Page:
I also note that Driscoll himself, despite being married, apparently fails several criteria of 1 Timothy 3, in that he is most certainly not “gentle,” is not “above reproach,” and has been, in the past, “quarrelsome.” Driscoll is, from my view, most likely guilty of being “a lover of money.”
To cite but a few examples (but I would encourage you to google the guy’s name and do more research):
- Driscoll’s odd obsession with sex and use of sexually explicit references in sermons (see
- deeming heretics such as Trinity- denier T D Jakes as being a fellow Christian (and was this for the love of money, one wonders?) (see
- bullying people out of his church and chuckling with glee at the thought of “throwing them under the bus,”
- (Link): );
- his grossly explicit sexualization of ‘Song of Songs’ (see
Here is part of Driscoll’s reply (click here to read the entire reply), which I will be commenting on below:
- EXAMPLES IN SCRIPTURE
First, obviously there are examples in Scripture of godly single men who served God faithfully. The prophet Jeremiah, the Apostle Paul, and of course the Lord Jesus come to mind first.
However, they suffered difficult lives and died. If they had wives and children, it would have been virtually impossible to both be faithful to their ministry and faithful to their families. In their circumstances, being single was the best life state for what God was asking of them.
So, as a general rule it seems that men who are called to pastoral ministry and singleness are also called to difficult and possibly even deadly ministry, such as missionary work in a hostile culture where a family would be a liability.
QUALIFICATIONS OF A PASTOR
Second, when the Bible lists out the qualifications of a pastor, it includes being a good husband (1 Tim. 3:1–7; Titus 1:5–9). This echoes the fact that being alone was “not good” (Gen. 2:18) even before sin entered the world and that, as a general rule, God’s intent for most men is marriage.
Again the source for that material is (Link): Single Pastors? (by Mark Driscoll)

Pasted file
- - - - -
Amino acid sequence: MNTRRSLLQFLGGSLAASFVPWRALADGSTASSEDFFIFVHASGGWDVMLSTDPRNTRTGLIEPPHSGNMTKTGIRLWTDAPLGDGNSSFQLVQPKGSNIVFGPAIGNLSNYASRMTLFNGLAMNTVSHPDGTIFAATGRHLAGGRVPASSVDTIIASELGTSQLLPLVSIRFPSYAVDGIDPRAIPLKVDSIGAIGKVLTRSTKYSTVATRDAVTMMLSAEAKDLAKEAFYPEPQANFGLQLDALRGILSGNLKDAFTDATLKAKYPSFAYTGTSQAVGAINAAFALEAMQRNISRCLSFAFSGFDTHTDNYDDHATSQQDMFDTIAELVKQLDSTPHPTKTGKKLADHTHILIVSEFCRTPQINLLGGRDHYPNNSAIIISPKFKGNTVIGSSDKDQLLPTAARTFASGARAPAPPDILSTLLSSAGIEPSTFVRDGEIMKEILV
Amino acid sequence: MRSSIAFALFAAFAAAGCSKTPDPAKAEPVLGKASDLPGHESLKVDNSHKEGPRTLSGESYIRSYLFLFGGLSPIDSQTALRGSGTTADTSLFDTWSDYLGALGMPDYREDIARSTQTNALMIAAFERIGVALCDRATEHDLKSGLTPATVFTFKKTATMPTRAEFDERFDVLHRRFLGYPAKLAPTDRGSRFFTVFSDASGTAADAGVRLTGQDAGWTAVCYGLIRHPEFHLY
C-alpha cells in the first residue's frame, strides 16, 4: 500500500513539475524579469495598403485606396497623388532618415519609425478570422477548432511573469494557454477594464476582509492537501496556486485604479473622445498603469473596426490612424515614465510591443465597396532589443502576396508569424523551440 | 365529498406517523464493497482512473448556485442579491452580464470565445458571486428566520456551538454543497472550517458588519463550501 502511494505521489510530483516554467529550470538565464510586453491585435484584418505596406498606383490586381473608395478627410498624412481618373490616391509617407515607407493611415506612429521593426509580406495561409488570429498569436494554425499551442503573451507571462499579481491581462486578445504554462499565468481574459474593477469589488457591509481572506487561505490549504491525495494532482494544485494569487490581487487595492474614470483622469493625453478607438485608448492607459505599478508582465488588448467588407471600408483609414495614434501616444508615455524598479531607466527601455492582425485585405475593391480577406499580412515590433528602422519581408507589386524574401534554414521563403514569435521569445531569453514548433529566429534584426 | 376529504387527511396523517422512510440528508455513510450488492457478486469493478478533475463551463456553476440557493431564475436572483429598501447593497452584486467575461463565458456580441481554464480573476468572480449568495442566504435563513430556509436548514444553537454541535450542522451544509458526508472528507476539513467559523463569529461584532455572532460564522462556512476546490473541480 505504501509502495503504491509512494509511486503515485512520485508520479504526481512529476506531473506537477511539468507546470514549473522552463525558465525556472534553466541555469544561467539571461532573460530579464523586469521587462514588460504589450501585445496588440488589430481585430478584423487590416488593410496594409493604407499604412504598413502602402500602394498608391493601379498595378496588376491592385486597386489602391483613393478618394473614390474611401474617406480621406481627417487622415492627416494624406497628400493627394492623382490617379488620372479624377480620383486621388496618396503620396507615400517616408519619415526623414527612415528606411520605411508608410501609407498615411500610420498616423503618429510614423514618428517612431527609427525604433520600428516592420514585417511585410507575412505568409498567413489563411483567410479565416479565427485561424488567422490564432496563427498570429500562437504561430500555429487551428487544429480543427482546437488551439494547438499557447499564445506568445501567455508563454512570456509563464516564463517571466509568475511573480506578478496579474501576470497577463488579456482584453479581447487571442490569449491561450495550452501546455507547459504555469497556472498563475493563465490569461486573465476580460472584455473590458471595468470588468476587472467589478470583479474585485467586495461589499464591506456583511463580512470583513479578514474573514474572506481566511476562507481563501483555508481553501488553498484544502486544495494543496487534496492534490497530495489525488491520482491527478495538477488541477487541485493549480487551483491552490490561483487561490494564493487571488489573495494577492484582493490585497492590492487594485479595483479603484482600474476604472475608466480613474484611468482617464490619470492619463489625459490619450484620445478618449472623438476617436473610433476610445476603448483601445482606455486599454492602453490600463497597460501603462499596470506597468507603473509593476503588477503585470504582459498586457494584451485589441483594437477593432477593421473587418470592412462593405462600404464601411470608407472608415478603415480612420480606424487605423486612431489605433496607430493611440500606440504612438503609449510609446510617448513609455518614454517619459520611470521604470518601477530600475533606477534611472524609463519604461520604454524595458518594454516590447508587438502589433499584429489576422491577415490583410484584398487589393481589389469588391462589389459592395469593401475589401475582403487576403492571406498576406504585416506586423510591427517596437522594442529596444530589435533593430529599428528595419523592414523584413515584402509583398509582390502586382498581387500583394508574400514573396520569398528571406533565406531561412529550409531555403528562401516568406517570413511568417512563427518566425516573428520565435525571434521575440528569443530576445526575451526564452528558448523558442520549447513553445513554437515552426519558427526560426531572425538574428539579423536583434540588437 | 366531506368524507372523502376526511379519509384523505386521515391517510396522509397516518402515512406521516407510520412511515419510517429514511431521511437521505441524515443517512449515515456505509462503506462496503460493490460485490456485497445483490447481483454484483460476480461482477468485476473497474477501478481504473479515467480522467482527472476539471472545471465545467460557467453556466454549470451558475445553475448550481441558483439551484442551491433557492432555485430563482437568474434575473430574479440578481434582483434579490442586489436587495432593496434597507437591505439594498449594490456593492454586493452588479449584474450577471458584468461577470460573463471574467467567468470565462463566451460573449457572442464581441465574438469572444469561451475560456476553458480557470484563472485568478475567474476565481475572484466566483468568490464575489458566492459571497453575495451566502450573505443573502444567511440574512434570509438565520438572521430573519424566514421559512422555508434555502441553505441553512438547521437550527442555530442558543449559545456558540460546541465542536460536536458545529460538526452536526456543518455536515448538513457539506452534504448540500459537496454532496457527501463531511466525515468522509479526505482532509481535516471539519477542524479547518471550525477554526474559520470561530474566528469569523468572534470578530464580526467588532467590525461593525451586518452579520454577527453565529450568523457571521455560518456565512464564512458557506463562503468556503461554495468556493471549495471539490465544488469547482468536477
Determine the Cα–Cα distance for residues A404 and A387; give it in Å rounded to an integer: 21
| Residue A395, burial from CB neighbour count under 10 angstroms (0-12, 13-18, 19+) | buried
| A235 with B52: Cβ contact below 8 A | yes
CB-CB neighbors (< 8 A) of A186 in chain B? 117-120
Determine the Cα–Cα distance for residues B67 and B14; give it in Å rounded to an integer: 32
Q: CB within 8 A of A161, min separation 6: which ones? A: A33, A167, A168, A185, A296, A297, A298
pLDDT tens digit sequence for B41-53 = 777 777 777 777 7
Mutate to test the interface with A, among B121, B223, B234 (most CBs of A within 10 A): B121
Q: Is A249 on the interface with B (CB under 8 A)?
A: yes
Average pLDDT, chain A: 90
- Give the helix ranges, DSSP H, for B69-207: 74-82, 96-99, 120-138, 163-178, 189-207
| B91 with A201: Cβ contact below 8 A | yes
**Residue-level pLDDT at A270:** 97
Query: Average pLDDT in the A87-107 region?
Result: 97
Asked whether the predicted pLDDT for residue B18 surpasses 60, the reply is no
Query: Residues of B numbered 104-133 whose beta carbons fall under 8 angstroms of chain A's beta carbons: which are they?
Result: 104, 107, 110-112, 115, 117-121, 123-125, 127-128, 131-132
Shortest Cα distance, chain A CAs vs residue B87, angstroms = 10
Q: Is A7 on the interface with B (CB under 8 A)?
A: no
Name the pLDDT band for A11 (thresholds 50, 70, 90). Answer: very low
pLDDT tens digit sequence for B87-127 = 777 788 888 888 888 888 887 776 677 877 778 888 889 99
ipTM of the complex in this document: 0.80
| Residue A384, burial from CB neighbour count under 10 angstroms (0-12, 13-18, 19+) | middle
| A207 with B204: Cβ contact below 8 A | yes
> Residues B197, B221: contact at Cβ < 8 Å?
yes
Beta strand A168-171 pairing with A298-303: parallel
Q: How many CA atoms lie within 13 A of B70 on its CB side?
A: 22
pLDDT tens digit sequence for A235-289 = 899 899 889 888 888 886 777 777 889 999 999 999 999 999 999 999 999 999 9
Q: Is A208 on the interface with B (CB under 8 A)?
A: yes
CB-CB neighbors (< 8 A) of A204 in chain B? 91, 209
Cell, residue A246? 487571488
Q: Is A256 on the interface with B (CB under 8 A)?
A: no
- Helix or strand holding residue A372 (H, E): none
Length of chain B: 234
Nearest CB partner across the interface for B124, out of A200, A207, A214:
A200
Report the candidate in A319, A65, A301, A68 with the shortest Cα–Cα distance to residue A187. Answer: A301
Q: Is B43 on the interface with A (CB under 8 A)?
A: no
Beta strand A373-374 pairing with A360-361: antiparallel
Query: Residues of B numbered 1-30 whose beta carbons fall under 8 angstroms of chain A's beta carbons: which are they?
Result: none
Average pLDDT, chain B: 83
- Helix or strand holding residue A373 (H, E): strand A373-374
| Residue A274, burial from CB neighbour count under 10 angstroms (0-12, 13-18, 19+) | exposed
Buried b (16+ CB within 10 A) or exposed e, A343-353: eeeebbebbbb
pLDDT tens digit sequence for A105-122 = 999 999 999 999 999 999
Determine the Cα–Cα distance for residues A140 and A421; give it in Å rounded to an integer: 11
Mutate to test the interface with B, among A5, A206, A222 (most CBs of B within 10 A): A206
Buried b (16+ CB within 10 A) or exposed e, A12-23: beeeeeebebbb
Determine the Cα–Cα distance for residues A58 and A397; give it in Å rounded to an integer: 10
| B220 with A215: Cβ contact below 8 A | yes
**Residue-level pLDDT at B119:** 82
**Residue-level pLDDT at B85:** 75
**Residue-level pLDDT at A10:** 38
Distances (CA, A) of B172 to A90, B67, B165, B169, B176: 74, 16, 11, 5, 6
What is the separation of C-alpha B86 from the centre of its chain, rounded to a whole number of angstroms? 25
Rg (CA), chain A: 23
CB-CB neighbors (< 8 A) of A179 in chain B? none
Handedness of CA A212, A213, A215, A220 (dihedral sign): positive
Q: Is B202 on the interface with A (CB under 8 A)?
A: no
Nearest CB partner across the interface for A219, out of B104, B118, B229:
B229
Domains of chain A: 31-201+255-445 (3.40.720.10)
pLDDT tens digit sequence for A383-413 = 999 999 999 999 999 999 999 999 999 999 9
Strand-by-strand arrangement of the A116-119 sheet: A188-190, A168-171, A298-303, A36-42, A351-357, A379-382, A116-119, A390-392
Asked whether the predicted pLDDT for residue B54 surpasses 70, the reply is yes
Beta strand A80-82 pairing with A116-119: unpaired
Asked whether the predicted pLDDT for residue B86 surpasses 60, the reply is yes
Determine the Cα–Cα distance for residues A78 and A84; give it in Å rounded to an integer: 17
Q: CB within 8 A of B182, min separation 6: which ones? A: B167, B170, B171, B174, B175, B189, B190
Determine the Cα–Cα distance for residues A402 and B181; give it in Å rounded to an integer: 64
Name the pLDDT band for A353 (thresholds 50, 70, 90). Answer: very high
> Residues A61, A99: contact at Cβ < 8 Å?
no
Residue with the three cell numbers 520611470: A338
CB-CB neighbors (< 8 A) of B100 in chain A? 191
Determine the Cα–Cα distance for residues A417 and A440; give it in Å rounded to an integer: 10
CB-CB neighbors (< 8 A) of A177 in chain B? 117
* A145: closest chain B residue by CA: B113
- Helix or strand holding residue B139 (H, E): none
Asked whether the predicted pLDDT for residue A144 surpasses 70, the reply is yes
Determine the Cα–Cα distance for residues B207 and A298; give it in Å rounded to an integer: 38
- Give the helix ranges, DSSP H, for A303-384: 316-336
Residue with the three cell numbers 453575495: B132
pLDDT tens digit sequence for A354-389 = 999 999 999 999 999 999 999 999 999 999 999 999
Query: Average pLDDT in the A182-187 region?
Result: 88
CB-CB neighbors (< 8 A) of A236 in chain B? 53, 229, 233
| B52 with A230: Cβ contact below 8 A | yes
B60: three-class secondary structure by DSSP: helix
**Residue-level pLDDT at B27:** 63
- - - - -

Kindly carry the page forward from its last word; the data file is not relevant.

Driscoll assumes that God chooses who will be single, an attitude which is incorrect, when he writes comments such as:
- A LIFETIME OF SINGLENESS
Third, are you called and gifted by God to remain single for a lifetime?
Every man is called to singleness for a season, until he is married. But if you are not empowered by God for a life of singleness (like a John Stott) then it is most likely best for you to wait until you are married before taking on any significant pastoral ministry.
Given that so many Christians are single today, if one operates under the rubric that God chooses who will be single (vis a vis the GOS – “Gift Of Singleness” teaching), it appears that God has made a whole bunch of Christians single these days.
In other words, God is NOT choosing to marry off scads and scads of Christians today, since so many are in fact NOT married, if we operate by GOS.
So, it is a fallacy to maintain the idea that it’s a “general rule” that “only a few” are called to lifelong singlehood, since very few are married today.
These days, it appears, with 44% of the American adult population being single (according to the US census), and the divorce rates being anywhere from 40% – 60% for Christians (depending on which source one reads), that God is not calling many to the “gift of lifelong marriage.” Singleness is now the default in our culture, even among Christians.
(For additional reading: (Link): American Christian Divorce Rates Vs Atheists and Other Groups – throws a pall over Christian Fairy Tale Teachings about Marriage )